He does however, have the knack of being able to make up rhymes and verses, seemingly effortlessly, whilst I just don’t seem to have the flair or spontaneity to do the same …. I am much more the process driven, pessimistic one of us, whilst he is definitely ever the optimist and the more creative half ….

          Have a good weekend.

    • Hi Tracy,

      We were sat at the dining table when this particular episode of the programme aired and I can remember us just sat looking at one another, before hubbie asked “did I hear that right and is that really a word?” I couldn’t get to the PC quickly enough …. thank goodness for ‘google’ …. sometimes!

      I have to admit that I wasn’t sure about the new format of ‘Room 101’, when Frank Skinner first took over as the show’s host, as I am quite a fan of Paul Merton. However, I now think that the re-vamped image for the show is much better and having more than one guest certainly works. I even now have a fondness for Frank!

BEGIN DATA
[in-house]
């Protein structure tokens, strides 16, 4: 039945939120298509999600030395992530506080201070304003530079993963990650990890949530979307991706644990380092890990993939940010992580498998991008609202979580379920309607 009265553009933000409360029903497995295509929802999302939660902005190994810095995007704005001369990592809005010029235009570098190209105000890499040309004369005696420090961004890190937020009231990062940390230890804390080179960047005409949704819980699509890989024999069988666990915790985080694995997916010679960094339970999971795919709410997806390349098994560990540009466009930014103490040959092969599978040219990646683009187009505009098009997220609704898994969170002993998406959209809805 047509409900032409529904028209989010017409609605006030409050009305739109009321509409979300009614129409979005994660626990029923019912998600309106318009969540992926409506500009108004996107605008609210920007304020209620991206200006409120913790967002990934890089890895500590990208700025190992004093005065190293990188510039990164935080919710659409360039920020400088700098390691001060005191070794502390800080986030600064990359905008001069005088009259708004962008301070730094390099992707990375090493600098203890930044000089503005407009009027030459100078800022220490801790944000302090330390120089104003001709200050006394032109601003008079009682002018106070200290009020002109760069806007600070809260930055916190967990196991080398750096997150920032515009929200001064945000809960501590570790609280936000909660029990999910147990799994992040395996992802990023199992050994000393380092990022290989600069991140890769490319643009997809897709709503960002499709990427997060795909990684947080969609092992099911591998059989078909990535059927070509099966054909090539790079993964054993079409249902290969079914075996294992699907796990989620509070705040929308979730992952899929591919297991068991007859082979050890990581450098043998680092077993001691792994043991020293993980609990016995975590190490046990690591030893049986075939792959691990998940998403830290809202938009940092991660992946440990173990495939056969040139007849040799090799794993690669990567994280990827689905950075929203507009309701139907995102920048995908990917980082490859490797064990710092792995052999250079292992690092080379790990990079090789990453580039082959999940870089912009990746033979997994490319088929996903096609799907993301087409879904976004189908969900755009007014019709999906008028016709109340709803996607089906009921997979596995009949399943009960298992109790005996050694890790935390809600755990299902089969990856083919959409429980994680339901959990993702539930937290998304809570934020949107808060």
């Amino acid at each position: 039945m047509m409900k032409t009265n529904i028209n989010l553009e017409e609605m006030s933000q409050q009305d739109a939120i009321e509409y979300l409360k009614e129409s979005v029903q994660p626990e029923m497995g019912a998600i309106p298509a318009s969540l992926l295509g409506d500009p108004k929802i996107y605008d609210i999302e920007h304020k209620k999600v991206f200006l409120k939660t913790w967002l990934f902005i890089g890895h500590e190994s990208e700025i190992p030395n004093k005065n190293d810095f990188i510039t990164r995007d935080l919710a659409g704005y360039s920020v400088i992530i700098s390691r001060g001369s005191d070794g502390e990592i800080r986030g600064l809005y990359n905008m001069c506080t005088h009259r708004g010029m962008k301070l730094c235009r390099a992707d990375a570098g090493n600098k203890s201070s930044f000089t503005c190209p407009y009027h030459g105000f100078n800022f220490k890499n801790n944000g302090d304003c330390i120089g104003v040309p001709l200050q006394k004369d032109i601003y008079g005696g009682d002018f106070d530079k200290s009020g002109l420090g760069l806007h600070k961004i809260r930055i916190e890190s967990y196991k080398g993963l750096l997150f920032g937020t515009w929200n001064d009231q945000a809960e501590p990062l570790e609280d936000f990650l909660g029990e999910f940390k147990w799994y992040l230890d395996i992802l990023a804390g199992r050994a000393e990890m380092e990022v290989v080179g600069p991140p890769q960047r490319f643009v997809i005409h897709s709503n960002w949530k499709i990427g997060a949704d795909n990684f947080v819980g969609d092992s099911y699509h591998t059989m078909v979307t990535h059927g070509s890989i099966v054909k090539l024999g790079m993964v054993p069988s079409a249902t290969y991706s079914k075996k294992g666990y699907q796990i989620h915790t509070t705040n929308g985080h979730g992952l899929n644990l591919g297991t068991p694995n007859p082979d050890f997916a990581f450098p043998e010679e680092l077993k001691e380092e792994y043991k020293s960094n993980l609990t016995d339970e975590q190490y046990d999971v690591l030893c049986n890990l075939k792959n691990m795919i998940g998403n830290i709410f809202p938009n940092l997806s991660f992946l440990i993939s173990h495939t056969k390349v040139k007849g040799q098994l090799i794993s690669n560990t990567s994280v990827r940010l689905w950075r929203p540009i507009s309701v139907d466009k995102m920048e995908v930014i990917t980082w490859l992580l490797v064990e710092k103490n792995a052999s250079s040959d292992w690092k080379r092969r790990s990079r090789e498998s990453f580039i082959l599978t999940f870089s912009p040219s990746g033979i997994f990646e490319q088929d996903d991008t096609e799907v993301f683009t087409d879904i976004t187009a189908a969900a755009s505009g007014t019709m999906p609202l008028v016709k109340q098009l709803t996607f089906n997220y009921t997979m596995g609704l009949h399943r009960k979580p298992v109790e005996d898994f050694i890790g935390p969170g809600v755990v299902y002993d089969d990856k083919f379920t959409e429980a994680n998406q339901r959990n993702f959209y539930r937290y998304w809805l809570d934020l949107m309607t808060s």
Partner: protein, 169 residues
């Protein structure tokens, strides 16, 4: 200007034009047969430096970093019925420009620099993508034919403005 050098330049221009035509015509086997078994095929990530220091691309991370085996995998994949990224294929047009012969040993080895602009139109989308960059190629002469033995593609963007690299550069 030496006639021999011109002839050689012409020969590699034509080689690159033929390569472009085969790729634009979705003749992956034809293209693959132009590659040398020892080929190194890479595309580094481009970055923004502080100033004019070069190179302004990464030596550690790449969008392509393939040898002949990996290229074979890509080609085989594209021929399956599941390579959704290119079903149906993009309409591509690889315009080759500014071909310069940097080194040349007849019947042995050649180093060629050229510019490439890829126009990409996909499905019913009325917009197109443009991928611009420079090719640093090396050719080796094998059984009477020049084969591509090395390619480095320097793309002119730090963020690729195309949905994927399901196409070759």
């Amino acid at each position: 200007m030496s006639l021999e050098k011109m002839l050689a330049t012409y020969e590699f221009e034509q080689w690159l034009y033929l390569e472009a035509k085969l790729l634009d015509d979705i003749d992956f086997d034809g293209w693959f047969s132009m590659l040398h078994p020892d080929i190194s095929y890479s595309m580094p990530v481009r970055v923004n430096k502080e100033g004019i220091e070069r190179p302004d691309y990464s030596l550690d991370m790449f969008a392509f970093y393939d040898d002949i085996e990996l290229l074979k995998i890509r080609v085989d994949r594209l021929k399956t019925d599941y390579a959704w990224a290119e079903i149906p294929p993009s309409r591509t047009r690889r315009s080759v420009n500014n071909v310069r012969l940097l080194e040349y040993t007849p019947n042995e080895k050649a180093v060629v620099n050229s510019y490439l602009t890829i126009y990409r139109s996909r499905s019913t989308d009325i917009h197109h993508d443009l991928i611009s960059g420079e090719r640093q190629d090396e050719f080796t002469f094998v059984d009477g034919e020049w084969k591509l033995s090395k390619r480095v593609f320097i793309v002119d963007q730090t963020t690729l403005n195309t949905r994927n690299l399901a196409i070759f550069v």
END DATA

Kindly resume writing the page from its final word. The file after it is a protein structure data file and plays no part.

Thanks for taking part in the discussion, it is always good to chat with you.

  • I’m glad you defined perigee moon because that would have been the first thing I would have had to look up. I knew epistolary but hyperforeignism is new to me, but I’m very familiar with what it means. I won’t have much chance to use it but will try to remember it when I do.

    • Hi Kathy,

      It is quite disconcerting to have to look up the title of a book before you can even start reading, isn’t it?

      Hyperforeignism has to be my favourite word this week. We have friends who perfectly illustrate this point when we go out to eat with them, so I am just lying in wait to use the word on them at the next available opportunity!